AMSA Convention 2016 Logo

Your Questions Answered


The New Physician September 2004
How important are Medical College Admission Test (MCAT) scores and grade-point averages (GPAs)? Should I consider an off-shore school? What are my chances as a nonscience major? To find answers to these common questions, The New Physician has asked several premed advisers for their insight into the admissions process.


“Medical schools certainly want to know that a student has academic ability, an affinity for science and the foundation necessary to begin medical school studies,” says Carol Baffi-Dugan, Tufts University’s program director for health professions advising and the editor of The Advisor, a journal published by the National Association of Advisors for the Health Professions. “But just as importantly, they want to be sure the student has the experiential foundation and the personal foundation necessary to become a competent, caring physician.”

What is this? “Students need to know for themselves that medicine is the right path, and only then communicate that to medical schools,” she says. “A variety of experiences in health or human service settings can help students develop a sensitivity to and respect for others, an appreciation for the complexities of patient care and public health issues, a commitment to serving competently with integrity, and a sense of responsibility to do things correctly, completely and effectively. I talk to my students about the two parallel paths of preparation to med schools—the academic and the nonacademic. They are equally important.”

Tom Bond, a retired provost of the University of California, San Diego, Revelle College who has advised about 300 premeds during the past 20 years, agrees. “First, it seems to me that most premeds claim they want to become doctors to ‘help others,’ but it is those with a track record of doing so that are more successful…,” he says. “A second weakness occurs when premeds simply don’t know a lot about the current status of health care in this country. Such applicants are often idealistic, but out of touch with reality.”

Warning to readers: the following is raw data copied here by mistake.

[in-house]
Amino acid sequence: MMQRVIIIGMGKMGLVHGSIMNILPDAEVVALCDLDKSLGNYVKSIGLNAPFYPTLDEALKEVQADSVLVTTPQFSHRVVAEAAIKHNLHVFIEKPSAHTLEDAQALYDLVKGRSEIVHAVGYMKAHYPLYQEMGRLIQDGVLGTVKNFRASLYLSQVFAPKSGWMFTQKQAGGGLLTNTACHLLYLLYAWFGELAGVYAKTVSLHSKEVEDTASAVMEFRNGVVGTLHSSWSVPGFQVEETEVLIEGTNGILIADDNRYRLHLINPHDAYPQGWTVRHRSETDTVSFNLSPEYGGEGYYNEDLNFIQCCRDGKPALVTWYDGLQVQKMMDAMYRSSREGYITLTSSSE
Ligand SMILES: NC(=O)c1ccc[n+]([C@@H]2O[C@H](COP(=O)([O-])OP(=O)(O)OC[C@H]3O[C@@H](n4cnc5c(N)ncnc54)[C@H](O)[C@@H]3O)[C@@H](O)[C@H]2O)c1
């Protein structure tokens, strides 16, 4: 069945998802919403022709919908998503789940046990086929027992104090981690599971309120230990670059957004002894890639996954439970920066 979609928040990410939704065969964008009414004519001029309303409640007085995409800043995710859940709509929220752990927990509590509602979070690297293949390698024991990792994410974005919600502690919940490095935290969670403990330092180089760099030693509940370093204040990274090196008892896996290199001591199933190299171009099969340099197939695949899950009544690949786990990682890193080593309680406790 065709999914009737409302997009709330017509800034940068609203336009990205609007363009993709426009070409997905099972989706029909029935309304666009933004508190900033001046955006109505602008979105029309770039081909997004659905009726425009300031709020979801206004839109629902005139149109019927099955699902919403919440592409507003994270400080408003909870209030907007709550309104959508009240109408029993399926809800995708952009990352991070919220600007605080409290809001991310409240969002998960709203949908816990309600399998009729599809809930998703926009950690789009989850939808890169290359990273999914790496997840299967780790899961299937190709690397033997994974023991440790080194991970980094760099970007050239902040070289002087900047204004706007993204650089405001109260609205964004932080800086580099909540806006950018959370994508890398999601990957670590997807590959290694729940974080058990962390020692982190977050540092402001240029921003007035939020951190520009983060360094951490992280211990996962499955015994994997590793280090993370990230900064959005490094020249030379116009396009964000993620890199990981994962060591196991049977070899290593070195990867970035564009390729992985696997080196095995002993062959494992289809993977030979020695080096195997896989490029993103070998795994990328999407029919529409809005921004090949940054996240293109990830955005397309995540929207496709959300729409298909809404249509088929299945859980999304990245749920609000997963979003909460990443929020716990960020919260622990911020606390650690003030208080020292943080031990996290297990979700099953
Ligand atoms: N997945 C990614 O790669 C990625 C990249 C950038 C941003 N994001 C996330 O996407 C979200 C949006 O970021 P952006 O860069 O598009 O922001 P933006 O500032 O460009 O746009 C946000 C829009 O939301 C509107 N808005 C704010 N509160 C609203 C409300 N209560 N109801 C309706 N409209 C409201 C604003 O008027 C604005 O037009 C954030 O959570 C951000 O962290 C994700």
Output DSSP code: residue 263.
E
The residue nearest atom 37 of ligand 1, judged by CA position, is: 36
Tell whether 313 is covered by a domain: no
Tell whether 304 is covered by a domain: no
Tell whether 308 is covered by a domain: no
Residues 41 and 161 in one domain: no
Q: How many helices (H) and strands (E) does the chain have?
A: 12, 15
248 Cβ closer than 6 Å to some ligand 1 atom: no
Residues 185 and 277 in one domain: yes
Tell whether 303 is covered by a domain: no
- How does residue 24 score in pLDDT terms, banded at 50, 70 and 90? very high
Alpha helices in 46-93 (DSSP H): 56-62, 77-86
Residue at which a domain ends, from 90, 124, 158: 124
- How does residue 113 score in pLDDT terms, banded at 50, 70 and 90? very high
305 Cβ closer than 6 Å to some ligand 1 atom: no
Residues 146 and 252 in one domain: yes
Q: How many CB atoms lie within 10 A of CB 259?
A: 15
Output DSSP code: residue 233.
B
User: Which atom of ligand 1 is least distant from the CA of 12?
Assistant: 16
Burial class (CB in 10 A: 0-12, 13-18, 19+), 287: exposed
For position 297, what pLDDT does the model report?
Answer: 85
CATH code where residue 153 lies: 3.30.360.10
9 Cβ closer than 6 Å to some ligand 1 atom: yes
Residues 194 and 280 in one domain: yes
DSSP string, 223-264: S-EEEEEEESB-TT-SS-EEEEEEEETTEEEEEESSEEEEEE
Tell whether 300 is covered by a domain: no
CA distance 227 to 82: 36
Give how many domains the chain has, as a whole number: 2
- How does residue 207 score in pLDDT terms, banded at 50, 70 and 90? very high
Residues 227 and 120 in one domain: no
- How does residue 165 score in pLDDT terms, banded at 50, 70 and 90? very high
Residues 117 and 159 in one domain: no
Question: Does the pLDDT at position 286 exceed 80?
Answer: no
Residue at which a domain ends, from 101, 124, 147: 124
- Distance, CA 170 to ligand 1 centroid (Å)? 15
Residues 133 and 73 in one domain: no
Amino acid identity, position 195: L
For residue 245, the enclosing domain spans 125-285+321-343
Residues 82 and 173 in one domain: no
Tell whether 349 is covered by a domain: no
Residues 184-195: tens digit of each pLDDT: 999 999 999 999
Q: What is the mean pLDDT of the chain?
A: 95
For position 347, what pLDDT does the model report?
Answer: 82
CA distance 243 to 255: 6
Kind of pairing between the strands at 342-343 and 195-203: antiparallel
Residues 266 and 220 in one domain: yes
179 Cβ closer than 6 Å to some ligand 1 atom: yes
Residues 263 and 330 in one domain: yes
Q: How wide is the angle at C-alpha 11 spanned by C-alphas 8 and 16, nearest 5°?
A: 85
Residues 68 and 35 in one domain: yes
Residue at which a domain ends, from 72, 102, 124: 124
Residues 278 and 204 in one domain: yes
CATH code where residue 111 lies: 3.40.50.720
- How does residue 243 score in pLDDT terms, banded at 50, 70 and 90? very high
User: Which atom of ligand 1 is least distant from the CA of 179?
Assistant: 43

“For this person, the MCAT scores make all the difference in the world,” says Angela Frey, an assistant professor of biology and a premed adviser at Alverno College. “If a science person scores average on the physical science part of the MCAT, the admissions committee may look at their individual grades in the courses. Unfortunately, the liberal arts major does not have that opportunity.”

Baffi-Dugan doesn’t advise nonscience majors too differently from other premeds. “If the student has an interest in getting a bit stronger background or he/she had a slow start in his/her sciences, I do advise additional course work, usually in biology courses such as genetics, physiology, cell biology, molecular biology or biochemistry,” she says. “With strong basic science credentials, though, a nonscience major has an equal chance of admission, in my experience.”

Barbara Huntington, the director of San Diego State University’s preprofessional health advising office, agrees. “Take some upper division science [courses] and do well. In most cases, [nonscience majors] have an equal chance or better, as they tend to do better on the MCAT verbal and sometimes the science.”


“Above all, demonstrate a genuine interest in helping others,” Bond says. “This is more than simply four hours a week for 10 weeks volunteering in a hospital. It should be something the student really loves to do and…not something for a résumé.”

“I encourage students to engage in three things; these can overlap,” Baffi-Dugan says. “A student must gain some experience in the health field—this is more for the student than the admissions officer. How can a student make such a monumental decision without having some objective contact with healers…and patients, and judging how they see themselves in this setting?

“I also urge a student to pursue some interest or activity outside the classroom to develop leadership, organizational and communication skills.